• Right-hand muting
      • Left-hand Movement within a Right-hand Strum
      • Giving Your Fingers Some Style
      • Getting Into Rhythm Styles
        • Straight-four feel
        • Two-beat feel
        • 16-feel
        • Heavy metal gallop
        • Reggae rhythm
        • Three feel
    • Chapter 5: Playing Melodies in Position and in Double-Stops
      • Playing Scales and Exercises in Position
        • Playing in position versus open strings
        • Playing exercises in position
        • Shifting positions
        • Creating your own exercises to build strength and dexterity
      • Practicing Songs in Position
      • Double-Stop Basics
        • Defining double-stops
        • Trying exercises in double-stops
      • Playing Songs in Double-Stops
  • Book III: Getting to Know Guitar Theory
    • Chapter 1: Navigating the Fretboard and Building Triads
      • Tracing Back to Strings 6 and 5
        • Moving whole steps and half steps
        • Sharps and flats
        • Grouping notes
      • Tracking Notes and Playing Octaves
        • Shaping octaves with your 1st finger on strings 6 and 5
        • Octaves starting on strings 4 and 3
        • Octaves that are three strings apart
        • Repeating octaves beyond the 12th fret
      • Measuring the Space between Pitches with Intervals
        • Playing intervals 1 through 7
        • Filling in the gaps with flats and sharps
      • Harmonizing the Major Scale to Build Triads and Chords
        • Major triad: Building from the 1st scale degree of the major scale
        • Minor triad: Building from the 2nd scale degree of the major scale
      • The Seven Triads of the Major Scale
      • Playing the Chord Sequence of the Major Scale
    • Chapter 2: Getting to Know the CAGED System
      • Chord Inversions and Chord Voicings
      • Using the C Form
        • The C form as a moveable barre chord
        • Playing a C form arpeggio pattern
        • Playing C form chord voicings
      • Using the A Form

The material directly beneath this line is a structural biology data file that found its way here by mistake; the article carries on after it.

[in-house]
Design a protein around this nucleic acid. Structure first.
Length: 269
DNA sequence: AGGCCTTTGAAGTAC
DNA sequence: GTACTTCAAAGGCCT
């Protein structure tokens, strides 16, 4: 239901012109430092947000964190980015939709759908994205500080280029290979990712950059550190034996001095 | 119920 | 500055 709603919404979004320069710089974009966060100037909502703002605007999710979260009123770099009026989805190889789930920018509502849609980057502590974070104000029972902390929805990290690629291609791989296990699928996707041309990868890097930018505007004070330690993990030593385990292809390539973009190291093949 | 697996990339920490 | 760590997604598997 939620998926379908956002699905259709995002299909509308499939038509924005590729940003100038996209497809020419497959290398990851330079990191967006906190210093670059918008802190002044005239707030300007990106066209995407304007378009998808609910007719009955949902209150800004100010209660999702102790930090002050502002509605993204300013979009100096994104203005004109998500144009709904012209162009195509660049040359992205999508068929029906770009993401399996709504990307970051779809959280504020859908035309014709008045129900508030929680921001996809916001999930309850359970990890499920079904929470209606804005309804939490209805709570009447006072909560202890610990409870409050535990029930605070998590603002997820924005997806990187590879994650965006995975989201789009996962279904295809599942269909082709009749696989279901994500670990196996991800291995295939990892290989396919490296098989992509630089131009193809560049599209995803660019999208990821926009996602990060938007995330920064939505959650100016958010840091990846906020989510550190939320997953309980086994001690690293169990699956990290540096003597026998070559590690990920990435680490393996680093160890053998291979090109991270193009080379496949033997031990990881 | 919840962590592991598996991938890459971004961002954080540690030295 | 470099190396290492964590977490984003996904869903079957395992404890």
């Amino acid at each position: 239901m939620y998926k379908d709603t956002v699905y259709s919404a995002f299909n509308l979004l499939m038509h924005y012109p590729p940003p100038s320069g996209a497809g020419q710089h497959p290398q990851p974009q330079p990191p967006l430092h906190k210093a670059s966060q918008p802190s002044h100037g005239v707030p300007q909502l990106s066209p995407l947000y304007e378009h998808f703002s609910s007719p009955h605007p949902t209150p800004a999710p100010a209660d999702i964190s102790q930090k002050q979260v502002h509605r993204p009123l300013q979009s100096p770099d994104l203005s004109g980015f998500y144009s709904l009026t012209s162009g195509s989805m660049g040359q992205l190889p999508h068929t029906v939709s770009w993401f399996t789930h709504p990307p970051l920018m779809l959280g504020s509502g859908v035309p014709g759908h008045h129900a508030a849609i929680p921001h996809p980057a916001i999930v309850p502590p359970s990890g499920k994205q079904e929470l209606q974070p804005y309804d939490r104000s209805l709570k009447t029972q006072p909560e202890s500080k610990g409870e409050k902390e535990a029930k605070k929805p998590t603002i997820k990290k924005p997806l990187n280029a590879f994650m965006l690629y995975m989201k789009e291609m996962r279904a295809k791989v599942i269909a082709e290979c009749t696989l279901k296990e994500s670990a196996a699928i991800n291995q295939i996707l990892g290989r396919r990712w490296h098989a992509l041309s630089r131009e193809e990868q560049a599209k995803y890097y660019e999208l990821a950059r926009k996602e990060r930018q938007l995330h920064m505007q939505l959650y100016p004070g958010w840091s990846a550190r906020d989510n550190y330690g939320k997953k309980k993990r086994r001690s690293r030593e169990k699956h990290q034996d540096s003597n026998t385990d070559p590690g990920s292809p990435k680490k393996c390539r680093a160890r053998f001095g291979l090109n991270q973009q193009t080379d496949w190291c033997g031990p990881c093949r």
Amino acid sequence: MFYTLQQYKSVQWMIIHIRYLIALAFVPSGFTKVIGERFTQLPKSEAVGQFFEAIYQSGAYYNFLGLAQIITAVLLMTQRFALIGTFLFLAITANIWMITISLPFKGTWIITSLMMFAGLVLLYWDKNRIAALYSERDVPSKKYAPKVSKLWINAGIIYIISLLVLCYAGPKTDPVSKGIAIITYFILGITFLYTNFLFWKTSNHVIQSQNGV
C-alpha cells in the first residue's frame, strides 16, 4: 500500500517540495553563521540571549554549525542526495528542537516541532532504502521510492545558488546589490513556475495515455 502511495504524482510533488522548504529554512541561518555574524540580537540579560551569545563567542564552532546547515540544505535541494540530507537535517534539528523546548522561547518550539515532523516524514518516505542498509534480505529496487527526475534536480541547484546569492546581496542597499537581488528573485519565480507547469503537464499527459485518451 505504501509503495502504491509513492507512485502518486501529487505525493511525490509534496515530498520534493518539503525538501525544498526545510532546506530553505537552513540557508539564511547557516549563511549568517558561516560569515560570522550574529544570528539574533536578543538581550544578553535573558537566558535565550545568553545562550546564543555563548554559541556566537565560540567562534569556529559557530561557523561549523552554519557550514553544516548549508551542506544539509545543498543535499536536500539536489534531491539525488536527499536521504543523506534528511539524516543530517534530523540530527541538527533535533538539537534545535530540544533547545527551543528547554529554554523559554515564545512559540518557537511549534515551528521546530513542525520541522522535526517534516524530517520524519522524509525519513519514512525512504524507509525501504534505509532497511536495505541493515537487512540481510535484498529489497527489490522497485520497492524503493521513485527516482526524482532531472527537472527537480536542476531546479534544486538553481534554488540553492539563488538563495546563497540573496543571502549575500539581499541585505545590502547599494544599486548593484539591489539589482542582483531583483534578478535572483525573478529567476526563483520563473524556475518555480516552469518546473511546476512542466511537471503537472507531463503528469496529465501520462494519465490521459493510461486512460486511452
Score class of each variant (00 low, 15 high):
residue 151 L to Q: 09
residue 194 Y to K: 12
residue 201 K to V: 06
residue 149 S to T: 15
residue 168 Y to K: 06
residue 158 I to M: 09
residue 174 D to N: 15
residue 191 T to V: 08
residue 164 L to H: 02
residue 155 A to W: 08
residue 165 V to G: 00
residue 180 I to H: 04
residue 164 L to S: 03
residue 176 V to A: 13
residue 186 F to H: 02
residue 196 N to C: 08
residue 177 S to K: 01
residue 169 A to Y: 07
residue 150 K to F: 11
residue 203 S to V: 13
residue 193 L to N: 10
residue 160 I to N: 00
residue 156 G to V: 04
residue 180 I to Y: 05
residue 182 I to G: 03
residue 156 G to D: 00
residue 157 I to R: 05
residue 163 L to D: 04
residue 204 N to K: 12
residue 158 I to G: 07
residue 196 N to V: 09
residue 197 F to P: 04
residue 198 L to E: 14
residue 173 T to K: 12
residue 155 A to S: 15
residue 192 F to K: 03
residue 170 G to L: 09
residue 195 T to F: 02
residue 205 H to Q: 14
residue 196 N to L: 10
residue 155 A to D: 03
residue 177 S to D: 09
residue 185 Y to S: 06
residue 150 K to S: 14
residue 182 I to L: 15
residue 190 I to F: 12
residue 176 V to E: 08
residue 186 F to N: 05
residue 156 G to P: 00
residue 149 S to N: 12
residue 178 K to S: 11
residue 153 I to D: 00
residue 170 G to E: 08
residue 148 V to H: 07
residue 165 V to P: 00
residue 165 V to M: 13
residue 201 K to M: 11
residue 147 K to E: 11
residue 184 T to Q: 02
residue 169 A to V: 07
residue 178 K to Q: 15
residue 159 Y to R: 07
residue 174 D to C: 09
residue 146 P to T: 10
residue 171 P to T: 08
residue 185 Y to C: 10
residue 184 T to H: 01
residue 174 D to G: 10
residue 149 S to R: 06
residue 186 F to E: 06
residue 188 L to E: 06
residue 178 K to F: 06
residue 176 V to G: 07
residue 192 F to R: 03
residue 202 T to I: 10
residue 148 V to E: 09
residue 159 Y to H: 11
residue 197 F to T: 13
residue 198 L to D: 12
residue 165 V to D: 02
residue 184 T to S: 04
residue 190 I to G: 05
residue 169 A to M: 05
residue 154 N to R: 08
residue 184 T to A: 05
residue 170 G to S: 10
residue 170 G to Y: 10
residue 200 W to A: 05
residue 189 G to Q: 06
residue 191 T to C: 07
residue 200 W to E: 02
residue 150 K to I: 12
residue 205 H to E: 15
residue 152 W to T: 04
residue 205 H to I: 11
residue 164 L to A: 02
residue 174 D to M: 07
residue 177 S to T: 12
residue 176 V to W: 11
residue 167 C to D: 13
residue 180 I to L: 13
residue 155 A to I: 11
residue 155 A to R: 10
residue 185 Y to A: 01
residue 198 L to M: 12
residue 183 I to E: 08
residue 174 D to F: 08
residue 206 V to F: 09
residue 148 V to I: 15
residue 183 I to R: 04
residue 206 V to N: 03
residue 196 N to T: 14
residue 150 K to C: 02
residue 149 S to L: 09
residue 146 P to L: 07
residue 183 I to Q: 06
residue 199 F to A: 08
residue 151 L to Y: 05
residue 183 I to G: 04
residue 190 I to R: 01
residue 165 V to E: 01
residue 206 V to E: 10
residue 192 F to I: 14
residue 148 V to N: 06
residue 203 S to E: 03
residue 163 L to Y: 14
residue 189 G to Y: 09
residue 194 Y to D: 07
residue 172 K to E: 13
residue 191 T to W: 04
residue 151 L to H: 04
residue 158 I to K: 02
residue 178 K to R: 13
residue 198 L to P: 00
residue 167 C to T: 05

• Using the G Form
      • Using the E Form
      • Using the D Form
      • Playing Minor CAGED Forms
        • Playing the C minor form
        • Playing the A minor form
        • Playing the G minor form
        • Playing the E minor form
        • Playing the D minor form
    • Chapter 3: Playing Snazzier Chords with Chord Tones and Extensions
      • About Chord Tones and Extensions
      • Adding 7ths to the Major Scale Chords
        • Playing major and minor 7th chords
        • Playing dominant 7th chords
        • Playing minor 7th flat 5 chords
      • Working with 2nds and 9ths
        • Sus2 chords
        • Add9 chords
        • Minor chords with 2nds and 9ths
        • 9th chords
      • Working with 4ths and 11ths
        • Sus4 chords
        • Add4 chords
      • Playing 6th Chords and Blues Shuffles
    • Chapter 4: Playing Chord Progressions by Numbers
      • Drawing Chord Progressions from the Major Scale
      • Using Roman Numerals to Represent Chords
      • Visualizing Numbers on the Fretboard
      • Transposing to New Keys
      • Playing Common Chord Progressions
        • Playing I-IV-V chord progressions
        • Playing major chord progressions
        • Adding minor chords ii, iii, and vi
        • Playing minor chord progressions
      • Starting Numbers on the 5th String
      • Playing Chord Progressions with Open Chords
    • Chapter 5: Identifying Tonics, Keys, and Modes
      • Understanding the Relationship between Major and Minor Scales
      • Numbering the Relative Minor
        • Accounting for any interval changes
        • Looking at a few minor key song examples
      • Identifying the Modes of the Major Scale
        • Ionian (I)
        • Dorian (ii)
        • Phrygian (iii)
        • Lydian (IV)
        • Mixolydian (V)
        • Aeolian (vi)
        • Locrian (vii5)
      • Key Signatures and Common Discrepancies
        • Looking past the key signature to figure out a song’s mode
        • Considering some common discrepancies in music notation
      • Comparing Scale Formulas and Structures
    • Chapter 6: Dominant Function and Voice Leading
      • Chord Function and the Dominant Chord
        • Leading with the leading tone
        • Tension rises with a tritone
        • Playing songs with dominant function
      • Secondary Dominants
        • Drawing attention to some common secondary dominants
        • Thinking of secondary dominants as mini key changes
        • Songs that use secondary dominants
      • Voice Leading
  • Book IV: Rock Guitar
    • Chapter 1: I Know, It’s Only Rock Guitar, but I Like It
      • Differentiating Between Rock and Acoustic Guitar . . . It Ain’t Just Volume
        • Sound quality, or timbre
        • Signal
        • Distortion and sustain
        • Oh yes, and volume
        • Listening examples
      • Knowing the Essentials: The Power Trio
        • The electric guitar
        • The amplifier
        • Effects
      • Accessorizing Your Guitar
        • Picks
        • Straps
        • Cords